"The Bracero Program was meant to be an alternative to undocumented immigration, but ended up providing a cover for it. Though there were between 200,000 and 450,000 braceros per year in the 1950s, farmers wanted more laborers—and the existence of a large number of braceros created communities where undocumented workers could also find work. And as large farms employed braceros, smaller farmers often turned to the undocumented to stay competitive. If braceros were shadow workers with nebulous rights, the hundreds of thousands of undocumented workers who came in the wake of the program existed as shadows of shadows. "Operation Wetback, initiated in 1954 and overseen by President Eisenhower's military pal, retired Major General Joseph M. Swing, had an ostensibly humanitarian rationale; social groups like churches and labor unions had been raising alarms about the exploitation of immigrant labor. But the most influential push came from farming interests who had created the problem. For them, it was a way to shut down proposed laws that would penalize them for hiring undocumented workers."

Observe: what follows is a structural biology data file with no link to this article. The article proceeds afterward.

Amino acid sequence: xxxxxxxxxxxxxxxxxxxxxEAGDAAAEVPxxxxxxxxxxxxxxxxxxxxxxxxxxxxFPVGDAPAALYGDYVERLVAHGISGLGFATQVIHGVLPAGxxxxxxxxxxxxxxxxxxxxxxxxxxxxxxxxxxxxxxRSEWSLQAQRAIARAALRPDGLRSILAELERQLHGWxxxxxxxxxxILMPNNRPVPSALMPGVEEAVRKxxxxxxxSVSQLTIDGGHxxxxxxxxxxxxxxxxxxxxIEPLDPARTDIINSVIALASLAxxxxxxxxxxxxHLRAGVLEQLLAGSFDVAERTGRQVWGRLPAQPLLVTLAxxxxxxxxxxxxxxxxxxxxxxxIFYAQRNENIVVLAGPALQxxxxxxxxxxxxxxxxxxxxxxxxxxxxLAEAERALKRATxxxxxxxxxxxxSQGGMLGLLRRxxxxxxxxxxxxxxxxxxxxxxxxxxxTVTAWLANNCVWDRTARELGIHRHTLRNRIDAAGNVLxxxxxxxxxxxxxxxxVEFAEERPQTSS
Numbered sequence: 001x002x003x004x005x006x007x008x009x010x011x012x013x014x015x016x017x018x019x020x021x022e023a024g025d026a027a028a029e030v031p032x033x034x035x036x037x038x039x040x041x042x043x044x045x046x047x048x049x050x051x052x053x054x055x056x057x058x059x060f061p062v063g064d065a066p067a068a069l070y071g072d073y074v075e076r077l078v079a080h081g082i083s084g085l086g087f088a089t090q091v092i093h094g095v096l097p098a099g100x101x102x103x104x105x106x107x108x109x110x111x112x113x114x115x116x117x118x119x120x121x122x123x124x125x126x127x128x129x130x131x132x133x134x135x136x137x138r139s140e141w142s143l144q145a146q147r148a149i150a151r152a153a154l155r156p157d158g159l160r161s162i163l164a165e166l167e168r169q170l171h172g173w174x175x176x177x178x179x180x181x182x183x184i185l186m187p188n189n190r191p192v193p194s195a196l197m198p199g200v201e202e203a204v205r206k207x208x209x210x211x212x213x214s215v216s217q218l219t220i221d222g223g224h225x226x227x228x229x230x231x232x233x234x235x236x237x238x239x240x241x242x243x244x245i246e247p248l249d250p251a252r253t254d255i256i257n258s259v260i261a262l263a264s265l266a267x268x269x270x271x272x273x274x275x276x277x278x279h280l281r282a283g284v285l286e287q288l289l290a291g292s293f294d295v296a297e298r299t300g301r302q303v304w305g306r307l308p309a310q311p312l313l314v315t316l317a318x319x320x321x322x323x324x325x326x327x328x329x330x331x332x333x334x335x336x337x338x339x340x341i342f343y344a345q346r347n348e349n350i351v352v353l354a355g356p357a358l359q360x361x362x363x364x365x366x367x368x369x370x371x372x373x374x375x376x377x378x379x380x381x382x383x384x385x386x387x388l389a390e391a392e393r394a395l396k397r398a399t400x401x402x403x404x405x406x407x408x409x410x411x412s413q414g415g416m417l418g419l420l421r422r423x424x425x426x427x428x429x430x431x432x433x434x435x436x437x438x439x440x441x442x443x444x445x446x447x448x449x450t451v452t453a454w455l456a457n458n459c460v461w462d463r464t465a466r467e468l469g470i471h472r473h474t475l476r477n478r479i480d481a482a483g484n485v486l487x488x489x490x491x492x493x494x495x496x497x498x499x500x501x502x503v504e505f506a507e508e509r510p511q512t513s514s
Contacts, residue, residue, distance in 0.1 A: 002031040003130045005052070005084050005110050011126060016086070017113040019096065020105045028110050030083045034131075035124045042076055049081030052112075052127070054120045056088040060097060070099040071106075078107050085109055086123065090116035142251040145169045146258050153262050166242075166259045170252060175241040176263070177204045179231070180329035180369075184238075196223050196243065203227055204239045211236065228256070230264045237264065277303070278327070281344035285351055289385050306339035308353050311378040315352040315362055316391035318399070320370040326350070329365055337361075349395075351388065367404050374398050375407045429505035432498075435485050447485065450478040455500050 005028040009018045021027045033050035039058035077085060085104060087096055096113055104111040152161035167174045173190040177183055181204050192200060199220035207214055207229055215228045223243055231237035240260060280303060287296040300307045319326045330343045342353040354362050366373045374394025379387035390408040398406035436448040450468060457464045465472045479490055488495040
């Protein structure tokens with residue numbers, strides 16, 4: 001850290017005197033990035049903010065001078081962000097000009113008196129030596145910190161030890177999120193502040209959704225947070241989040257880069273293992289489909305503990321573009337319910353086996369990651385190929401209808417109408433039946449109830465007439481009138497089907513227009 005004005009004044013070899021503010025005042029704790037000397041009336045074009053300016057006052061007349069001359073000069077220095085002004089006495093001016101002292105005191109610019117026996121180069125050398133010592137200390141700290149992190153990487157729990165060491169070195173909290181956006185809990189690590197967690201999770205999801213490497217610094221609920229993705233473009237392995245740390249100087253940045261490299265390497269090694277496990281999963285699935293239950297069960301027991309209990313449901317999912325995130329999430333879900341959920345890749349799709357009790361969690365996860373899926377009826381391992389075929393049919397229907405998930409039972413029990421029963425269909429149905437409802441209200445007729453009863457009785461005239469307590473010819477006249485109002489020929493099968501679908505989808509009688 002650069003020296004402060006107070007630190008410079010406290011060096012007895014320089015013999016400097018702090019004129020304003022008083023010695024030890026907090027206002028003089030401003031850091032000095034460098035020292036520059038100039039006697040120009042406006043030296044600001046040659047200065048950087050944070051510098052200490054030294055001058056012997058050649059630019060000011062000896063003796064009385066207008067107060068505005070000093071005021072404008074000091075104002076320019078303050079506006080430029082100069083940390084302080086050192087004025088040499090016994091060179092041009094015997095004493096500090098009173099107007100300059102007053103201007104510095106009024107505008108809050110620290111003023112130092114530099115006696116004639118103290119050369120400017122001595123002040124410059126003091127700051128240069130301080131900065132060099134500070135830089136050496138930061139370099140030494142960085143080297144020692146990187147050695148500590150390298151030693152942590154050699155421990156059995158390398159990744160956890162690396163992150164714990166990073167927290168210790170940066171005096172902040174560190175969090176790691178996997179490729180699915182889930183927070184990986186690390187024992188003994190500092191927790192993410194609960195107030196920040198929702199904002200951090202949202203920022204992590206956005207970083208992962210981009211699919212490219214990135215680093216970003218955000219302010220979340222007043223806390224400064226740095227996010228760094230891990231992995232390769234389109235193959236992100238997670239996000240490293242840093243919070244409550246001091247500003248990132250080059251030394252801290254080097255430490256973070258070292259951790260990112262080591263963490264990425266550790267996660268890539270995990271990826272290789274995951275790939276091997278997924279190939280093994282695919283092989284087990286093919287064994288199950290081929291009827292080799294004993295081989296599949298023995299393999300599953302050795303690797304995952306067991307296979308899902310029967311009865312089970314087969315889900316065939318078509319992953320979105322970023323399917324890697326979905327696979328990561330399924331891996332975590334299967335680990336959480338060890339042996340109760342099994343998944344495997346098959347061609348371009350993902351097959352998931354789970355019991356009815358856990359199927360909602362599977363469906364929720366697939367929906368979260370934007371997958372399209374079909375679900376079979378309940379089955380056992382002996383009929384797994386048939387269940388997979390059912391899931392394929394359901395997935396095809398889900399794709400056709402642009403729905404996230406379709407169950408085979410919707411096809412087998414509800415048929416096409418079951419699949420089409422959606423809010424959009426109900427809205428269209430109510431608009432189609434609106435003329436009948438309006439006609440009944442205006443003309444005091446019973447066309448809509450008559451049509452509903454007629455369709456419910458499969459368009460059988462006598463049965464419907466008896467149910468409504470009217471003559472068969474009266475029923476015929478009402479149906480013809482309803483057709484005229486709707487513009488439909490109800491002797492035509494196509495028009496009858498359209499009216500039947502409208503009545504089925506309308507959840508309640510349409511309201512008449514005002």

Jeet Heer at The New Republic warns against a revival of an infamous Eisenhower-era immigration policy.